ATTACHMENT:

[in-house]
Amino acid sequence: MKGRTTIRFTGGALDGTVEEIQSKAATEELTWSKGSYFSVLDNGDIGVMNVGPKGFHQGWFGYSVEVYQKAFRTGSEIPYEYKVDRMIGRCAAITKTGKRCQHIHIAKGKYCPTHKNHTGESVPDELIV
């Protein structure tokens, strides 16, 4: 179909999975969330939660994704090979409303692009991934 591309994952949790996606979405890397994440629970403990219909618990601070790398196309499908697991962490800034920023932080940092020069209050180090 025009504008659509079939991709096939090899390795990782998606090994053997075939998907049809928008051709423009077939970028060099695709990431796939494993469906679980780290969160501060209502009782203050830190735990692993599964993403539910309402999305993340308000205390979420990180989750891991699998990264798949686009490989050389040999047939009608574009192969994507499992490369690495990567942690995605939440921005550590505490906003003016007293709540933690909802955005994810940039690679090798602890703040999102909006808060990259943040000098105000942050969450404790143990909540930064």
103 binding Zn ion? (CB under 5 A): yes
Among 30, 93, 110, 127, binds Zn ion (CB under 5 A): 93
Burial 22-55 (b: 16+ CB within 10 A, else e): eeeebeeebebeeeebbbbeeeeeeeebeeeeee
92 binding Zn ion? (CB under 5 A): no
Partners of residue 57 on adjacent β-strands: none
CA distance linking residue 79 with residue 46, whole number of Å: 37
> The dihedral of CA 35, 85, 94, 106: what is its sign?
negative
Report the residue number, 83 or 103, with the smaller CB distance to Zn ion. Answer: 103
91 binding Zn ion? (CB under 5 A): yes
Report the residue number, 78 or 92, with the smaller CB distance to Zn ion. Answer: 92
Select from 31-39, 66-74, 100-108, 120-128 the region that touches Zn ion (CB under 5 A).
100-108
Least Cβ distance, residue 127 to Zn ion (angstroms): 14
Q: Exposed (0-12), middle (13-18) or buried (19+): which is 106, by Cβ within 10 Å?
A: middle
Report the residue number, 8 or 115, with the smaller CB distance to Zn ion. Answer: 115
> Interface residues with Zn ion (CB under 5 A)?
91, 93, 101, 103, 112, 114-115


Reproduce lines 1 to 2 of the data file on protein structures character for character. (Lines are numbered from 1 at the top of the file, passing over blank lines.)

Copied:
[in-house]
Amino acid sequence: MKGRTTIRFTGGALDGTVEEIQSKAATEELTWSKGSYFSVLDNGDIGVMNVGPKGFHQGWFGYSVEVYQKAFRTGSEIPYEYKVDRMIGRCAAITKTGKRCQHIHIAKGKYCPTHKNHTGESVPDELIV